• mary w
        mary w says:

        COBRA coverage is generally expensive, however, you’ll probably only need it for a month or 2 right? Until you can get coverage under ACA.

        • FruGal
          FruGal says:

          Hi mary w,

          Insurance is next on our list of things to do…we haven’t received our quote yet for COBRA but I am sure it’s not going to be one I like:).

  5. Richard Buse
    Richard Buse says:

    I am self-employed, and health insurance for my wife and I is one of the items that comes from my income. We have policies with large deductibles. That keeps the monthly premiums affordable and we sock away savings to cover the deductible expenses. It’s nice if you know an independent insurance agent who really shops the health insurance market. If not, is a great resource.

  6. Richard Buse
    Richard Buse says:

    FruGal, I’m a freelance writer. Most of my assignments are corporate communications projects. My wife is an adjunct professor. She was also working part-time as a bookkeeper for a construction company, but job went away in August 2012.

    • FruGal
      FruGal says:

      It’s nice to meet another freelance writer! I freelance for several other websites (in personal finance).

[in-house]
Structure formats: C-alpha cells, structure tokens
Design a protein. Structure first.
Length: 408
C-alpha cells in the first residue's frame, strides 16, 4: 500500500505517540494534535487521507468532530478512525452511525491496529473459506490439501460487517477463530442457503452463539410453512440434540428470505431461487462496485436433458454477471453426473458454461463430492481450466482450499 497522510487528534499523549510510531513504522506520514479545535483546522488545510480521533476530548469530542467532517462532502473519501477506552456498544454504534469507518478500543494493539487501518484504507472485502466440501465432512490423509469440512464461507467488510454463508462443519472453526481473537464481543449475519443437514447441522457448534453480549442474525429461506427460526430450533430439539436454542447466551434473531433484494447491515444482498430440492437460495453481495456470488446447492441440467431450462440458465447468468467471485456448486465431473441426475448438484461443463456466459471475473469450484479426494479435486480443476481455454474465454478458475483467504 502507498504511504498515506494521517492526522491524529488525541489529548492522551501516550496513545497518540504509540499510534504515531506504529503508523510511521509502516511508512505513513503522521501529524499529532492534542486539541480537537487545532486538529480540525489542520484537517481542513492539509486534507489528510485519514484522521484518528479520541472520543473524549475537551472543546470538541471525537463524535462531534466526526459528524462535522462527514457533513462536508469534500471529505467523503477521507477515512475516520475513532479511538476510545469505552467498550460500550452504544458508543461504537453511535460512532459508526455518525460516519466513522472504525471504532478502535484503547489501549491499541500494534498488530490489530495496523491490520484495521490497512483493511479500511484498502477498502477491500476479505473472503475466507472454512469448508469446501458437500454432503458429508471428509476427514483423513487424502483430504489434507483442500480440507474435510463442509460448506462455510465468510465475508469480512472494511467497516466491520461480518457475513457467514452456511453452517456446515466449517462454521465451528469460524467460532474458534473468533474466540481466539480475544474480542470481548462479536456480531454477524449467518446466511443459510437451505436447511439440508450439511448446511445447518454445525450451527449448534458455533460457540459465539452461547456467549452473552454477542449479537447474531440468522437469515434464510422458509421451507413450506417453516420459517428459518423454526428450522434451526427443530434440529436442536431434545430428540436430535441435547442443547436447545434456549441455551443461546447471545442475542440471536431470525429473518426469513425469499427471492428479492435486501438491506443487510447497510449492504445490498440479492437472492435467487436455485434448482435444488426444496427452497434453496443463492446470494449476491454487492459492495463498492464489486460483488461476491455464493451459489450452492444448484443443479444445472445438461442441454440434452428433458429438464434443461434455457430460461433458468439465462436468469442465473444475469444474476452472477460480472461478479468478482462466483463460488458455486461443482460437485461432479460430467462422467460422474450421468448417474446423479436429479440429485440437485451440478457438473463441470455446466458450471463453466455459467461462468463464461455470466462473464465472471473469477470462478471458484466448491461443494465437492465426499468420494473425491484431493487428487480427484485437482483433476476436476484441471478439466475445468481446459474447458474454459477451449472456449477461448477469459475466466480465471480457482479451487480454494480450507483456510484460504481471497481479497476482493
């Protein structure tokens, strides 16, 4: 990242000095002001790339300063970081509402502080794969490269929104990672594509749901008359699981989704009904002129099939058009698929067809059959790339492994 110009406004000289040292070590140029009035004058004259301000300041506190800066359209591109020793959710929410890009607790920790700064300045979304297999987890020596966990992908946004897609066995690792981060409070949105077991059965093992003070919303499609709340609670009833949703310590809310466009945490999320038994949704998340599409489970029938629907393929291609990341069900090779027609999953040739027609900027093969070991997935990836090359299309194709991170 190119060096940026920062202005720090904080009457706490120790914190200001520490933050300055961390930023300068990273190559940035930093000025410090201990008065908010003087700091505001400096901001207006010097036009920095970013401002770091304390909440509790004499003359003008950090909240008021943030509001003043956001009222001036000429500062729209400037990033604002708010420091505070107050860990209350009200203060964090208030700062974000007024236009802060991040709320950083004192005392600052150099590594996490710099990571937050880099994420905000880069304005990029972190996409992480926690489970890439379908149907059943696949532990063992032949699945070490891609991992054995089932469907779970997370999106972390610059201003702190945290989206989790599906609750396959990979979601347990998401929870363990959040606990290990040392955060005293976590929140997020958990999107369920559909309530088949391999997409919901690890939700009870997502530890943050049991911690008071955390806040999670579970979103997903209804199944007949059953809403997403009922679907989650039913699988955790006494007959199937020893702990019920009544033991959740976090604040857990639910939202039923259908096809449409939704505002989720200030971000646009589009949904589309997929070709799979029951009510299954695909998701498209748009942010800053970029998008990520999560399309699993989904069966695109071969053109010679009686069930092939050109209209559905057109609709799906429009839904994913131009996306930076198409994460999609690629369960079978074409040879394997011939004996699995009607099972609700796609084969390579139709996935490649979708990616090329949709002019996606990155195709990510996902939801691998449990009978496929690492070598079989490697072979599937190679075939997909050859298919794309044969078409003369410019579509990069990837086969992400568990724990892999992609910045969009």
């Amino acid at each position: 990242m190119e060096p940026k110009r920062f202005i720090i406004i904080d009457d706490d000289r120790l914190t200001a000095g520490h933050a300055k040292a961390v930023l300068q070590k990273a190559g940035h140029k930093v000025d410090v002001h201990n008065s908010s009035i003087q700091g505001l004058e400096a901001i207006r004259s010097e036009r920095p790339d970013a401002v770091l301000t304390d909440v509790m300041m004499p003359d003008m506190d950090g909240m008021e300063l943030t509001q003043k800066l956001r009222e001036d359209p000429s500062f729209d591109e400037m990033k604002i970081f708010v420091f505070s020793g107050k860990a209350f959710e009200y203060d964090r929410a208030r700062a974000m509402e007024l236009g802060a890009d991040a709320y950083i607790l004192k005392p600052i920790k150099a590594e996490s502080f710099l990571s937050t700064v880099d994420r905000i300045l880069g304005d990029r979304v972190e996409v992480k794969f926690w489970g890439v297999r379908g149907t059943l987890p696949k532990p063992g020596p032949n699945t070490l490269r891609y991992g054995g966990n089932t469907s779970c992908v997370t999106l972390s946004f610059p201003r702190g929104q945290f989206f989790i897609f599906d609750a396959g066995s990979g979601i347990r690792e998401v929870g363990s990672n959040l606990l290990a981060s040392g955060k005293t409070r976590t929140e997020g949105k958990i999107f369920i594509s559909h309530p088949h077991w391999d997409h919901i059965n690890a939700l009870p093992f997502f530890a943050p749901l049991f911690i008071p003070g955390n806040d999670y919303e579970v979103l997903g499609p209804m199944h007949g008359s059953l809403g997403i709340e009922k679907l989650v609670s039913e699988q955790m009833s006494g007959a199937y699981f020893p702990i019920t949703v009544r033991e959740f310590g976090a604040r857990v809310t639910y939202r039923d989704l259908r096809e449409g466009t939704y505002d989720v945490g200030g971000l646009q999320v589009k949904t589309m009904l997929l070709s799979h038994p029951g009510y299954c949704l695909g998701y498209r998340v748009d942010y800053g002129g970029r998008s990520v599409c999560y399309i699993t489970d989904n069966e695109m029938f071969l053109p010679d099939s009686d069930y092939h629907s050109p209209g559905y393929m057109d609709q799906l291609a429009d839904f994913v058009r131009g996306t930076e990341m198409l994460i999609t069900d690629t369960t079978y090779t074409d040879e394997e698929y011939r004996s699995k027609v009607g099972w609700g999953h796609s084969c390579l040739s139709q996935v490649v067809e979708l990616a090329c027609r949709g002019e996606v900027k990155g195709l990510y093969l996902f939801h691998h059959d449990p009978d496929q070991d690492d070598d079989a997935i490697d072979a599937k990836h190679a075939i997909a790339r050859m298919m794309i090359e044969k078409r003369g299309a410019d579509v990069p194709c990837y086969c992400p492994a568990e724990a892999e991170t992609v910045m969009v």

7. Little House
    Little House says:

    Sorry to hear about Paul’s lay-off. However, you are fully prepared and should enjoy the mini-retirement aspect of this. And, who knows, maybe better prospects will pop up. Good luck!

  8. Rebecca @ Stapler Confessions
    Rebecca @ Stapler Confessions says:

    Oh man, that stinks! I was just laid off too, so we are dealing with a mini-retirement too. We are trying to make the most of my time off while still making ends meet, but it’s hard nonetheless to put our financial goals (paying off student loans) on hold.

    As for inexpensive vacations — If you have interest in visiting any National Parks, they’re free this weekend!

    • FruGal
      FruGal says:

      I am sorry to hear about your situation as well Rebecca.

      Thank you for letting me know about National parks being free this weekend!

  9. Crystal @ Prairie Ecothrifter
    Crystal @ Prairie Ecothrifter says:

    I’m sorry to hear the struggle. For our self-employed insurance, I used to find the best policy for us. I would still suggest it now. The rest you seem to have a great handle on, so yay for that. 🙂 Have a fun mini-vacation and good luck!

    • FruGal
      FruGal says:

      Thanks Crystal!

      My father has insurance (self-employed), and he is being dropped at the end of this year. So I’m glad to hear you guys aren’t experiencing something similar.